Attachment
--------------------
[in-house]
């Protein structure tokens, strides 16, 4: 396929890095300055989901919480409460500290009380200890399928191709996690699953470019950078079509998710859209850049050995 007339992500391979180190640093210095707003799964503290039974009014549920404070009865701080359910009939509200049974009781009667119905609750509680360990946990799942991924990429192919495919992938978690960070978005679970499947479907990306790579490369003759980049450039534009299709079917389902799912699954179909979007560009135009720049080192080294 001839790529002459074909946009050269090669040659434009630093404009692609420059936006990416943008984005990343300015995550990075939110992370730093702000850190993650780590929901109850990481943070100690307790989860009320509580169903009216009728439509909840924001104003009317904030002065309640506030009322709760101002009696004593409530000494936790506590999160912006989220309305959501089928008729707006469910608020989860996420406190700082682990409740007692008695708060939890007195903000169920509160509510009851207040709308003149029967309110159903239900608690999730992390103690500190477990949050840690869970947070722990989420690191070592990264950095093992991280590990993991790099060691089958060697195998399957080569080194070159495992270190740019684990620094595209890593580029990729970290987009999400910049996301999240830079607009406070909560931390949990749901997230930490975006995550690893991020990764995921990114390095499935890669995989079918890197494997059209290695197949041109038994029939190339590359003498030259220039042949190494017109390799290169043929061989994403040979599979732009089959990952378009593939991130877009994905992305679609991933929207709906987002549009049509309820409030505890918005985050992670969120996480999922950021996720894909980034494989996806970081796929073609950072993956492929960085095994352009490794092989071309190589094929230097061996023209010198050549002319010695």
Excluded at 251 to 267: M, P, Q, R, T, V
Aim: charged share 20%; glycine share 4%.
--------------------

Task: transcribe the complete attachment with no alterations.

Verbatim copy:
[in-house]
């Protein structure tokens, strides 16, 4: 396929890095300055989901919480409460500290009380200890399928191709996690699953470019950078079509998710859209850049050995 007339992500391979180190640093210095707003799964503290039974009014549920404070009865701080359910009939509200049974009781009667119905609750509680360990946990799942991924990429192919495919992938978690960070978005679970499947479907990306790579490369003759980049450039534009299709079917389902799912699954179909979007560009135009720049080192080294 001839790529002459074909946009050269090669040659434009630093404009692609420059936006990416943008984005990343300015995550990075939110992370730093702000850190993650780590929901109850990481943070100690307790989860009320509580169903009216009728439509909840924001104003009317904030002065309640506030009322709760101002009696004593409530000494936790506590999160912006989220309305959501089928008729707006469910608020989860996420406190700082682990409740007692008695708060939890007195903000169920509160509510009851207040709308003149029967309110159903239900608690999730992390103690500190477990949050840690869970947070722990989420690191070592990264950095093992991280590990993991790099060691089958060697195998399957080569080194070159495992270190740019684990620094595209890593580029990729970290987009999400910049996301999240830079607009406070909560931390949990749901997230930490975006995550690893991020990764995921990114390095499935890669995989079918890197494997059209290695197949041109038994029939190339590359003498030259220039042949190494017109390799290169043929061989994403040979599979732009089959990952378009593939991130877009994905992305679609991933929207709906987002549009049509309820409030505890918005985050992670969120996480999922950021996720894909980034494989996806970081796929073609950072993956492929960085095994352009490794092989071309190589094929230097061996023209010198050549002319010695």
Excluded at 251 to 267: M, P, Q, R, T, V
Aim: charged share 20%; glycine share 4%.